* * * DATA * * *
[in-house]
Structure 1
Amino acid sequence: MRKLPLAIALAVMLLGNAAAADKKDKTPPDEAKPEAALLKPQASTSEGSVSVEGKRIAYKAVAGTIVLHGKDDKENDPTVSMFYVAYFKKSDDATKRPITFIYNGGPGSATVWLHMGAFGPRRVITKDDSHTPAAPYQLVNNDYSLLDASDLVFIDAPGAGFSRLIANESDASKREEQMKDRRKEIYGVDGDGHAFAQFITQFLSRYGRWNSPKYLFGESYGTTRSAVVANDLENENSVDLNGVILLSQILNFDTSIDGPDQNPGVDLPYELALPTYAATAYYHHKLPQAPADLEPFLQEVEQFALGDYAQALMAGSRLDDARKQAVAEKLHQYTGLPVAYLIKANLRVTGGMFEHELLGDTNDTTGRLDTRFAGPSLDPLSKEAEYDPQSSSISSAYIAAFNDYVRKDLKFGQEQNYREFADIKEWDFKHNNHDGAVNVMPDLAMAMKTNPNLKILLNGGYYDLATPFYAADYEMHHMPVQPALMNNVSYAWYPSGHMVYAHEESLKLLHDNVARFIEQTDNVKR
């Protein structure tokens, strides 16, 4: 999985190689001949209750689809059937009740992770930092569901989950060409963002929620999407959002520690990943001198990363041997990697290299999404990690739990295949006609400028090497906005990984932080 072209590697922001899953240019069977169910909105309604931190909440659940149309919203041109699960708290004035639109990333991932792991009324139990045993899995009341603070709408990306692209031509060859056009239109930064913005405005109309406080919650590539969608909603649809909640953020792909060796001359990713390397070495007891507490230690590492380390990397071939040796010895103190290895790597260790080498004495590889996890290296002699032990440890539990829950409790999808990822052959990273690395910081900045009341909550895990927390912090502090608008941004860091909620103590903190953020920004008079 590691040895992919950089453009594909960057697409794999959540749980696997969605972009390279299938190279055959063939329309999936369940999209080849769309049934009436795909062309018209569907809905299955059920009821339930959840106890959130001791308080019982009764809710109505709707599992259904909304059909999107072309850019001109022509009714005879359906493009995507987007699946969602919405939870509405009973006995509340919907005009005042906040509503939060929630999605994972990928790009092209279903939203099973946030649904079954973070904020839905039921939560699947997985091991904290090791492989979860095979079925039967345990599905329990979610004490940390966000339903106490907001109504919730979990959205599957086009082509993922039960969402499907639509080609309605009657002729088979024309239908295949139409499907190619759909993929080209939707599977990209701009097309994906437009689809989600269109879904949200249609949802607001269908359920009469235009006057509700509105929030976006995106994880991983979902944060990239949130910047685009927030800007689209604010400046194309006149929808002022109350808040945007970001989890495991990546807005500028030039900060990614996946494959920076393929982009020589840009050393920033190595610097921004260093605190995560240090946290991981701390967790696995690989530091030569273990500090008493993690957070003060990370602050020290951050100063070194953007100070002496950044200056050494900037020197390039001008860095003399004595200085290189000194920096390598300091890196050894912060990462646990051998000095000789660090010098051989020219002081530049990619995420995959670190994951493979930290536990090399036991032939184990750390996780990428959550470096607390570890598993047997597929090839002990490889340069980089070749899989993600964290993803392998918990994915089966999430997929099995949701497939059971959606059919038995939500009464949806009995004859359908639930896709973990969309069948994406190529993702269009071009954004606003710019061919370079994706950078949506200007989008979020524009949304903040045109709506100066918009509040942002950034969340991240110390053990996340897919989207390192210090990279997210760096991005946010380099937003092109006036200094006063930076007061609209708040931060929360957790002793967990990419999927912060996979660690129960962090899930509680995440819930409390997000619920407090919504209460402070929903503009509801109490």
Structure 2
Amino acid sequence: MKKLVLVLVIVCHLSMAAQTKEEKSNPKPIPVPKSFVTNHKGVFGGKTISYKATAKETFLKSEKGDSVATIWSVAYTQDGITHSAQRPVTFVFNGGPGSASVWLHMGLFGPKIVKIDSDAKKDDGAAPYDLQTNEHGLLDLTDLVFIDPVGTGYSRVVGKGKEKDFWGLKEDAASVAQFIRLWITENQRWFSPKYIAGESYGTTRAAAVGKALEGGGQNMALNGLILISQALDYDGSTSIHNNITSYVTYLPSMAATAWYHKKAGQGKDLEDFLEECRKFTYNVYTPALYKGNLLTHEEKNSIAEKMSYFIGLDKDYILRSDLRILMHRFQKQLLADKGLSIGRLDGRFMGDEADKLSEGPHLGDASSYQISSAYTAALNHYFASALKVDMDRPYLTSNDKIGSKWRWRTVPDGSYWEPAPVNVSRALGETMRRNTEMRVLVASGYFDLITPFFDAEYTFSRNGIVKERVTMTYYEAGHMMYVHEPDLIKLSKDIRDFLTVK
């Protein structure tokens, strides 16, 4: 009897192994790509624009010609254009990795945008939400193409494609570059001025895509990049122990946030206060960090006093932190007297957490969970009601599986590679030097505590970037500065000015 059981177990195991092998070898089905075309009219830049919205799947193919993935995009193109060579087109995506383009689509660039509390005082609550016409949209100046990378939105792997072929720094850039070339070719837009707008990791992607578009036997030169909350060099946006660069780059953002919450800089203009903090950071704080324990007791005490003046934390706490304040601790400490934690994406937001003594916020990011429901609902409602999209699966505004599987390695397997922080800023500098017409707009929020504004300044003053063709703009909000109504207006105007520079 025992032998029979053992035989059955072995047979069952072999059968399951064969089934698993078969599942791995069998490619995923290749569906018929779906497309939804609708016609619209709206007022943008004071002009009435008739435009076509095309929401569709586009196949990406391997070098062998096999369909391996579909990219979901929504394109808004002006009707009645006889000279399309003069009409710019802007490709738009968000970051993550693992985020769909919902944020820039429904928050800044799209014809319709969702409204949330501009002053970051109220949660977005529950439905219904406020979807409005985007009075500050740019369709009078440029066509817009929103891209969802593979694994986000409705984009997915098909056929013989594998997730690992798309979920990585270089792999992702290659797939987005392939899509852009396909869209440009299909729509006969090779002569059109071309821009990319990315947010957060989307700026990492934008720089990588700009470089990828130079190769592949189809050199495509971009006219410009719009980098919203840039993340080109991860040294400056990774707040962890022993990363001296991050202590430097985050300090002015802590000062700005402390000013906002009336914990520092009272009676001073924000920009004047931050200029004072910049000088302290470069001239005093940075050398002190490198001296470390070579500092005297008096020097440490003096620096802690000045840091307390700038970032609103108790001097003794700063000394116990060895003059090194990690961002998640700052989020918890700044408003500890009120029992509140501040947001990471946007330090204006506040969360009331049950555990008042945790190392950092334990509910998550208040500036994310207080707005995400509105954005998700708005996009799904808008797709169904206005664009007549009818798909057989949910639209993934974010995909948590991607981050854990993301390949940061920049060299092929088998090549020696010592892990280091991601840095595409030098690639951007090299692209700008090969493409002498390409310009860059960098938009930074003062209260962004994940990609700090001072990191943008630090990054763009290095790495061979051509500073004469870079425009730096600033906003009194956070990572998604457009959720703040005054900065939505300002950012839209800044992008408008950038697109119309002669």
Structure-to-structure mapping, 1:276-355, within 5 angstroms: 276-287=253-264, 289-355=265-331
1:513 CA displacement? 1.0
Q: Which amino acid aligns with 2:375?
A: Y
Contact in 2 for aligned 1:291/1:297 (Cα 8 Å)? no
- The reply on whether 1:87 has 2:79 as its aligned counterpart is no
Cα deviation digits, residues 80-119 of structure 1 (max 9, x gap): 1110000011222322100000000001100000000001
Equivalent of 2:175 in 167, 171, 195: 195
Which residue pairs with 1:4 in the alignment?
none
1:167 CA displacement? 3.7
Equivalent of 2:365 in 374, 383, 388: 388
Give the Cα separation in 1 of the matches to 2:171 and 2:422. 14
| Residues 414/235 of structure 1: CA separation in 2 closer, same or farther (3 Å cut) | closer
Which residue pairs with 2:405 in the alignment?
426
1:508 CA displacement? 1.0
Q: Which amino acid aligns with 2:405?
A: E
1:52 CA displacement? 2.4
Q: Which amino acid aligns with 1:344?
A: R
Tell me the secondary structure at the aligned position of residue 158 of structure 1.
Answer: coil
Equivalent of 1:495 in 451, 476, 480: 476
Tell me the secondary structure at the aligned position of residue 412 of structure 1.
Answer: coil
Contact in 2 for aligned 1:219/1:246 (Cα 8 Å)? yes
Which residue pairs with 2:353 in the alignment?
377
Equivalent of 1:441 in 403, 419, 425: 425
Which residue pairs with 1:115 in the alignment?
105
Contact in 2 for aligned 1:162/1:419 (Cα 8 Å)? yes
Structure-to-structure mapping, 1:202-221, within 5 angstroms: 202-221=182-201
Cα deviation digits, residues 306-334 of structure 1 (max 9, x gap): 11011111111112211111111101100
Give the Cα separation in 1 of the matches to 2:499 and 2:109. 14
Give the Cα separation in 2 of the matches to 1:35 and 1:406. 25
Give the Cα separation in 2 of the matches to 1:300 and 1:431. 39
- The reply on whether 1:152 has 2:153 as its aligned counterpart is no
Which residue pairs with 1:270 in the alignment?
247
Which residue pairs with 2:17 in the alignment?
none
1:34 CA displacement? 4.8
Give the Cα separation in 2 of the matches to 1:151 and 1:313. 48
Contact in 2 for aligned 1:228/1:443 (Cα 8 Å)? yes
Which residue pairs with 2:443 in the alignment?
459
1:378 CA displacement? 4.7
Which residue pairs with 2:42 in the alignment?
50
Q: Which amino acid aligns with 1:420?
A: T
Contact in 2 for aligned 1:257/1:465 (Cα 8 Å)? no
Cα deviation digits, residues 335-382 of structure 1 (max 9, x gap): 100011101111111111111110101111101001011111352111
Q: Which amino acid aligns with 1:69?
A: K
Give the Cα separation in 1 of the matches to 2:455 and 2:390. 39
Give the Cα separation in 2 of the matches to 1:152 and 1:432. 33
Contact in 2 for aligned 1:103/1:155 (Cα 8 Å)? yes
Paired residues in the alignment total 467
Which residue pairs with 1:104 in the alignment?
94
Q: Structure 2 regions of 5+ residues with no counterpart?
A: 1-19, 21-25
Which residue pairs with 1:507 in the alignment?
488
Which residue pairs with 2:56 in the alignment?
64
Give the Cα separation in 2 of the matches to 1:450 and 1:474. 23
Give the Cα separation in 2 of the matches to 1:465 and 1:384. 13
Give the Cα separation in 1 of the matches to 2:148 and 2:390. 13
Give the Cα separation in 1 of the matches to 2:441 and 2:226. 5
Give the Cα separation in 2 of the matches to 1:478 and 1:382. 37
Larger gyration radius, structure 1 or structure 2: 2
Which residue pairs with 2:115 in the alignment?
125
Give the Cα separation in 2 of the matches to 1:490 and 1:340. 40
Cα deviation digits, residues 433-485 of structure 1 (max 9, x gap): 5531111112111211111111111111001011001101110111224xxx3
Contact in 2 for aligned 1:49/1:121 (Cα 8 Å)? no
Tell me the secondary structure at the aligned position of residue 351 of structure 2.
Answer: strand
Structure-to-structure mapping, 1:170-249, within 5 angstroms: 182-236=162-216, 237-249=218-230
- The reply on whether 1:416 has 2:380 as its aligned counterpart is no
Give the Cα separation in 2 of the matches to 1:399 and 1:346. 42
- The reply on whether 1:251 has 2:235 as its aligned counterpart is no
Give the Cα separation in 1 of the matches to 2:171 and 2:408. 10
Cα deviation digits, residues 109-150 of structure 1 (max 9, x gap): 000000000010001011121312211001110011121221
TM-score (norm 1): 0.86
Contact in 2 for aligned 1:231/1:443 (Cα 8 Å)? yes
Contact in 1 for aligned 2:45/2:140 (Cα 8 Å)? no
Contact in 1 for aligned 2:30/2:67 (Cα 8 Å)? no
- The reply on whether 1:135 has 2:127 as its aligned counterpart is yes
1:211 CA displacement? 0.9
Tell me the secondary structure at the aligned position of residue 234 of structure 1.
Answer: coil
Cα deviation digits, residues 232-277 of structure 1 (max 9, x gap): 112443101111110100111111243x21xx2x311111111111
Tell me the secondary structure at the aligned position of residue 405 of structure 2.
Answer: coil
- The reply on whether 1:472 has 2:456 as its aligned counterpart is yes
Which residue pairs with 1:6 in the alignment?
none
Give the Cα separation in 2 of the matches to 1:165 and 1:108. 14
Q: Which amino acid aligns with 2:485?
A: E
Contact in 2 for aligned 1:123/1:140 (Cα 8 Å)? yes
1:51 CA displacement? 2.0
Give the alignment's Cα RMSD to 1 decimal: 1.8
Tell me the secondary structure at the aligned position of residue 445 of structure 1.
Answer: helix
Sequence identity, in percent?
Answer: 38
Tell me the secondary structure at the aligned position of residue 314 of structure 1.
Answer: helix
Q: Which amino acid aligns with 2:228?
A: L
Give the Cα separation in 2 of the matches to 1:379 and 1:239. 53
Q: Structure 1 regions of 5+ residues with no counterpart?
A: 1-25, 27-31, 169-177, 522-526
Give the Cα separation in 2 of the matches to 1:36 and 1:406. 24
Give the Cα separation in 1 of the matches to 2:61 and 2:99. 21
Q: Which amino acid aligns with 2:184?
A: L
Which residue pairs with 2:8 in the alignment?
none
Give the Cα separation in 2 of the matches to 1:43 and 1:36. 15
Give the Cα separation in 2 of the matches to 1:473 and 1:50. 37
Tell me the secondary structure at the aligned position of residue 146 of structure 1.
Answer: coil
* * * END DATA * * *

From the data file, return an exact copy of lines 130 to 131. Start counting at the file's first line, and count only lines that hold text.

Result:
Q: Which amino acid aligns with 2:184?
A: L